7 steps to decision-making clarity

🤷‍♀️ Why do people get stuck when making a decision?

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Photo by timJ on Unsplash

That’s a really good question, and there may be many answers to it! This is why I find it helpful to take a systematic and structured approach to the decision-making thought process. At every stage self-awareness is as necessary as the content that surfaces when thinking through a decision. Many obstacles and hindrances to decision-making often and subtly surface up into the light but can then be excused by the irrational self. In these moments, it can be a challenge to have clear perception.

Whether you are making a life-changing decision about your relationships, your career, your life goals yourself or your wellbeing, here is my 7 step personal decision-making approach for clarity. I hope it will save you time, stress and ultimately heartache, when trying think through your decision!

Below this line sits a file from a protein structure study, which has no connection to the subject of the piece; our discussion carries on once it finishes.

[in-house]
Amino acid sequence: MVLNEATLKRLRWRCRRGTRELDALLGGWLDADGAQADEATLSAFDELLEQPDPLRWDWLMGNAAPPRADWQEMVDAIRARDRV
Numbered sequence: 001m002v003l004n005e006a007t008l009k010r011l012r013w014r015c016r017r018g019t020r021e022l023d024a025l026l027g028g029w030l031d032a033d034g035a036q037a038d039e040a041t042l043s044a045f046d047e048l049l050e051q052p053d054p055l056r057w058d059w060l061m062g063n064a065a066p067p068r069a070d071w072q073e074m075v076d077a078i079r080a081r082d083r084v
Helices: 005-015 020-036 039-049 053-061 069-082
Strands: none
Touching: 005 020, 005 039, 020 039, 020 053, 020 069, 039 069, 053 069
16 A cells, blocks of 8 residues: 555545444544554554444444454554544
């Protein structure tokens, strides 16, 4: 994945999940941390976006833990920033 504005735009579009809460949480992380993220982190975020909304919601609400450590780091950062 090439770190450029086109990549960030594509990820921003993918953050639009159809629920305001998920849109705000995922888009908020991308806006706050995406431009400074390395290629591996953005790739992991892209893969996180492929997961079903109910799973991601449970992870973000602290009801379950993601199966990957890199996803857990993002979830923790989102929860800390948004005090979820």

Step 1: Define your situation

This is where it begins!

The more self-knowledgeable you are, the faster you will pass through this stage. Here, you’ll get to weigh up the significance of this decision you’re making against who you are, what you stand for, where you’re heading, and decide whether this decision needs to be taken now.

If you are a person of faith, then you will also want to bring God into this entire journey.

Self-Coaching questions for step 1

What is/are… [aka Define]:

  • the significance of this decision?
  • your needs?
  • your priorities?
  • your wants?
  • your vision, mission & values?
  • the implications if you do not make a decision about this?
  • the ideal decision?
  • the timing of your decision?

 

Step 2: Clarify what you’re making a decision about

Clarifying what the driving and resisting forces of this decision are, what is influencing the decision and how much power those influences have over you and your decision, as well as gaining insight into your decision-making strengths and weaknesses will help clarify what your decision is really about.